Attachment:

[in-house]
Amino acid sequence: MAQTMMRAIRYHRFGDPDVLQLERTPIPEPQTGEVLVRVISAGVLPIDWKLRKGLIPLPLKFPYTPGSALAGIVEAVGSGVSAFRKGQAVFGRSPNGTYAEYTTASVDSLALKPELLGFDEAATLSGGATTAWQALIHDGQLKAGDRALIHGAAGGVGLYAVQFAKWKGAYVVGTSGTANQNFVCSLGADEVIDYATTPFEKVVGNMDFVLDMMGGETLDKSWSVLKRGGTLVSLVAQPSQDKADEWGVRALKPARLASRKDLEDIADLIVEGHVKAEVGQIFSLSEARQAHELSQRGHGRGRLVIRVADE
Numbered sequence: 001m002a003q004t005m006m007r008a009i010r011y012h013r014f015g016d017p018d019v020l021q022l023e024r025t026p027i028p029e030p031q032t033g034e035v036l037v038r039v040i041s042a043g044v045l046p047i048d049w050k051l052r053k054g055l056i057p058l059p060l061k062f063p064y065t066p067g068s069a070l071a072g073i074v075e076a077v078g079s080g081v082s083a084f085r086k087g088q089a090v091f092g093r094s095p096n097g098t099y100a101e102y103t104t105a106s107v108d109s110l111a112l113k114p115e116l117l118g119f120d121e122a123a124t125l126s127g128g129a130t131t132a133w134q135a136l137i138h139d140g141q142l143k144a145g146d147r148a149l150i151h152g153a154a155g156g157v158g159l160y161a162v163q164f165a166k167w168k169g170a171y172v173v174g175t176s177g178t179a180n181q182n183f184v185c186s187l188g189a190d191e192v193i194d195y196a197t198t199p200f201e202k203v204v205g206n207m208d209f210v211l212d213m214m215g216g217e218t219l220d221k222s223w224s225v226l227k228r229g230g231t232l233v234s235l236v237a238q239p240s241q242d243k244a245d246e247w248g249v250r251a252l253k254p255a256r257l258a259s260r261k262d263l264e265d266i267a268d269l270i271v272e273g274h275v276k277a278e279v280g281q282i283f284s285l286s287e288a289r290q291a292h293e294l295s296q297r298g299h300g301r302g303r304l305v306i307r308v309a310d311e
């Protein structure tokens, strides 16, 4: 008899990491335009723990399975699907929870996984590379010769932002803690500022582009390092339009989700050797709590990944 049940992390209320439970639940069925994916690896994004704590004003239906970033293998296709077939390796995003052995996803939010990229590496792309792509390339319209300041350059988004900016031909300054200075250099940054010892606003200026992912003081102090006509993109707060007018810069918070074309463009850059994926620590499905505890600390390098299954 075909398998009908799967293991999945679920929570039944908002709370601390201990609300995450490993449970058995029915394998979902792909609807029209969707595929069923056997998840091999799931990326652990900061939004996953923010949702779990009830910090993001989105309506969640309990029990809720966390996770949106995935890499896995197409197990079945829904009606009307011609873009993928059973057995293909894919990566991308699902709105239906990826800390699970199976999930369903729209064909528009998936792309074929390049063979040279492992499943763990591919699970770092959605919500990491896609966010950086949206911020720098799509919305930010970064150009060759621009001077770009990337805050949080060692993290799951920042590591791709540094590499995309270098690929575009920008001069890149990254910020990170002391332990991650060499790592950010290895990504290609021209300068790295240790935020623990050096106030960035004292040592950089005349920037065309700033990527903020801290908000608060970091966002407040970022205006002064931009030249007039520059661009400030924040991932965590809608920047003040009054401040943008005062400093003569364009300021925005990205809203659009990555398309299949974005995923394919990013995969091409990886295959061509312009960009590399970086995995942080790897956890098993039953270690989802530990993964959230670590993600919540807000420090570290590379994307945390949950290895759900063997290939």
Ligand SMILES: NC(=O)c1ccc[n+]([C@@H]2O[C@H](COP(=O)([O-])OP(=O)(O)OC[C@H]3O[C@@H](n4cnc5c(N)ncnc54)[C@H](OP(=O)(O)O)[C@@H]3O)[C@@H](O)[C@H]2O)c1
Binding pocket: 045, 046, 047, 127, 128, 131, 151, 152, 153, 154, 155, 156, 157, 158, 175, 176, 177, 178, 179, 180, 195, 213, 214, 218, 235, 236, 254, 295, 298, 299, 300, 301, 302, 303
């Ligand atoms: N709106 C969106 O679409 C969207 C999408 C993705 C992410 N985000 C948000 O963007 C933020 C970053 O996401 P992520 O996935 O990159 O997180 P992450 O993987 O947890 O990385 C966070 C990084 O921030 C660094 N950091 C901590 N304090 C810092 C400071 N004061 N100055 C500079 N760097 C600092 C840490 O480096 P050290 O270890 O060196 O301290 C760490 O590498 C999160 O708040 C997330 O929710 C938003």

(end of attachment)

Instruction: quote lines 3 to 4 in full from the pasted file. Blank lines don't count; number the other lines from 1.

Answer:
Numbered sequence: 001m002a003q004t005m006m007r008a009i010r011y012h013r014f015g016d017p018d019v020l021q022l023e024r025t026p027i028p029e030p031q032t033g034e035v036l037v038r039v040i041s042a043g044v045l046p047i048d049w050k051l052r053k054g055l056i057p058l059p060l061k062f063p064y065t066p067g068s069a070l071a072g073i074v075e076a077v078g079s080g081v082s083a084f085r086k087g088q089a090v091f092g093r094s095p096n097g098t099y100a101e102y103t104t105a106s107v108d109s110l111a112l113k114p115e116l117l118g119f120d121e122a123a124t125l126s127g128g129a130t131t132a133w134q135a136l137i138h139d140g141q142l143k144a145g146d147r148a149l150i151h152g153a154a155g156g157v158g159l160y161a162v163q164f165a166k167w168k169g170a171y172v173v174g175t176s177g178t179a180n181q182n183f184v185c186s187l188g189a190d191e192v193i194d195y196a197t198t199p200f201e202k203v204v205g206n207m208d209f210v211l212d213m214m215g216g217e218t219l220d221k222s223w224s225v226l227k228r229g230g231t232l233v234s235l236v237a238q239p240s241q242d243k244a245d246e247w248g249v250r251a252l253k254p255a256r257l258a259s260r261k262d263l264e265d266i267a268d269l270i271v272e273g274h275v276k277a278e279v280g281q282i283f284s285l286s287e288a289r290q291a292h293e294l295s296q297r298g299h300g301r302g303r304l305v306i307r308v309a310d311e
């Protein structure tokens, strides 16, 4: 008899990491335009723990399975699907929870996984590379010769932002803690500022582009390092339009989700050797709590990944 049940992390209320439970639940069925994916690896994004704590004003239906970033293998296709077939390796995003052995996803939010990229590496792309792509390339319209300041350059988004900016031909300054200075250099940054010892606003200026992912003081102090006509993109707060007018810069918070074309463009850059994926620590499905505890600390390098299954 075909398998009908799967293991999945679920929570039944908002709370601390201990609300995450490993449970058995029915394998979902792909609807029209969707595929069923056997998840091999799931990326652990900061939004996953923010949702779990009830910090993001989105309506969640309990029990809720966390996770949106995935890499896995197409197990079945829904009606009307011609873009993928059973057995293909894919990566991308699902709105239906990826800390699970199976999930369903729209064909528009998936792309074929390049063979040279492992499943763990591919699970770092959605919500990491896609966010950086949206911020720098799509919305930010970064150009060759621009001077770009990337805050949080060692993290799951920042590591791709540094590499995309270098690929575009920008001069890149990254910020990170002391332990991650060499790592950010290895990504290609021209300068790295240790935020623990050096106030960035004292040592950089005349920037065309700033990527903020801290908000608060970091966002407040970022205006002064931009030249007039520059661009400030924040991932965590809608920047003040009054401040943008005062400093003569364009300021925005990205809203659009990555398309299949974005995923394919990013995969091409990886295959061509312009960009590399970086995995942080790897956890098993039953270690989802530990993964959230670590993600919540807000420090570290590379994307945390949950290895759900063997290939």